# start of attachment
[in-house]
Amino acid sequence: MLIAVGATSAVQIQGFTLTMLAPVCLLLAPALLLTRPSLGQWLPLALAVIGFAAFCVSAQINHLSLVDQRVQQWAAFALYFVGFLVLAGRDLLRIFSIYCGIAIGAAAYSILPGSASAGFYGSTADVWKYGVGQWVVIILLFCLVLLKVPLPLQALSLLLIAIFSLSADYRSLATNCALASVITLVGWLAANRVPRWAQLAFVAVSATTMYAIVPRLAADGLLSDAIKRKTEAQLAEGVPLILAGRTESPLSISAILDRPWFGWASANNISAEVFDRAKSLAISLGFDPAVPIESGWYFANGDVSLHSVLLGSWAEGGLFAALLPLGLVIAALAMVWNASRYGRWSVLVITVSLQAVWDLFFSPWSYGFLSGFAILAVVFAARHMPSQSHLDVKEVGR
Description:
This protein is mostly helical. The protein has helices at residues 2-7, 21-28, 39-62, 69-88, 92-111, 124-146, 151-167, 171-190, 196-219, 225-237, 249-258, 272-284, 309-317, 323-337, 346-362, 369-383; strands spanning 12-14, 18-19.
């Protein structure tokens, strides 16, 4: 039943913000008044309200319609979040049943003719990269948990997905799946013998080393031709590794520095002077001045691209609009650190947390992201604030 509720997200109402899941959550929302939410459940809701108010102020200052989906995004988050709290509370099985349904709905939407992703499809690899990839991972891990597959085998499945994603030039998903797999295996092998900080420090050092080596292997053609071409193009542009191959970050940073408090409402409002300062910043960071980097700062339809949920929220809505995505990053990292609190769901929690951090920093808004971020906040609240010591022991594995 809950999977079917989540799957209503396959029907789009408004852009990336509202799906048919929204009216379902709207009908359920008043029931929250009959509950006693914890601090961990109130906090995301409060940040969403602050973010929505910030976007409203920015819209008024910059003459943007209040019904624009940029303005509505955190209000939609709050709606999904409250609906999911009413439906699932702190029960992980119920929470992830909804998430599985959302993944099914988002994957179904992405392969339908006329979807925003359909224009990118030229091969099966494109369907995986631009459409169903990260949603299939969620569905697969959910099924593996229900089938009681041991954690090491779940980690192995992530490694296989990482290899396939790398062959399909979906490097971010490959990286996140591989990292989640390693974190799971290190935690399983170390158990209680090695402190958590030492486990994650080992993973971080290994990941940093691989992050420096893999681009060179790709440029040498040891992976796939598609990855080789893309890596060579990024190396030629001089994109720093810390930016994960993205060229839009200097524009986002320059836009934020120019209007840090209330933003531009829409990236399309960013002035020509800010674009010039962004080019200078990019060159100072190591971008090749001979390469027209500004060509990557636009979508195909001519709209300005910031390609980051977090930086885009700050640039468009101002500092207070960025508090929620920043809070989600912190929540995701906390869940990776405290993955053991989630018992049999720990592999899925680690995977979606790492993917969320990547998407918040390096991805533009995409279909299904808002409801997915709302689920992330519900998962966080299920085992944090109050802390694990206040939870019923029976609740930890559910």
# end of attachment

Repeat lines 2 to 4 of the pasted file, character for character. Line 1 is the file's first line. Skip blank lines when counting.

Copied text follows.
Amino acid sequence: MLIAVGATSAVQIQGFTLTMLAPVCLLLAPALLLTRPSLGQWLPLALAVIGFAAFCVSAQINHLSLVDQRVQQWAAFALYFVGFLVLAGRDLLRIFSIYCGIAIGAAAYSILPGSASAGFYGSTADVWKYGVGQWVVIILLFCLVLLKVPLPLQALSLLLIAIFSLSADYRSLATNCALASVITLVGWLAANRVPRWAQLAFVAVSATTMYAIVPRLAADGLLSDAIKRKTEAQLAEGVPLILAGRTESPLSISAILDRPWFGWASANNISAEVFDRAKSLAISLGFDPAVPIESGWYFANGDVSLHSVLLGSWAEGGLFAALLPLGLVIAALAMVWNASRYGRWSVLVITVSLQAVWDLFFSPWSYGFLSGFAILAVVFAARHMPSQSHLDVKEVGR
Description:
This protein is mostly helical. The protein has helices at residues 2-7, 21-28, 39-62, 69-88, 92-111, 124-146, 151-167, 171-190, 196-219, 225-237, 249-258, 272-284, 309-317, 323-337, 346-362, 369-383; strands spanning 12-14, 18-19.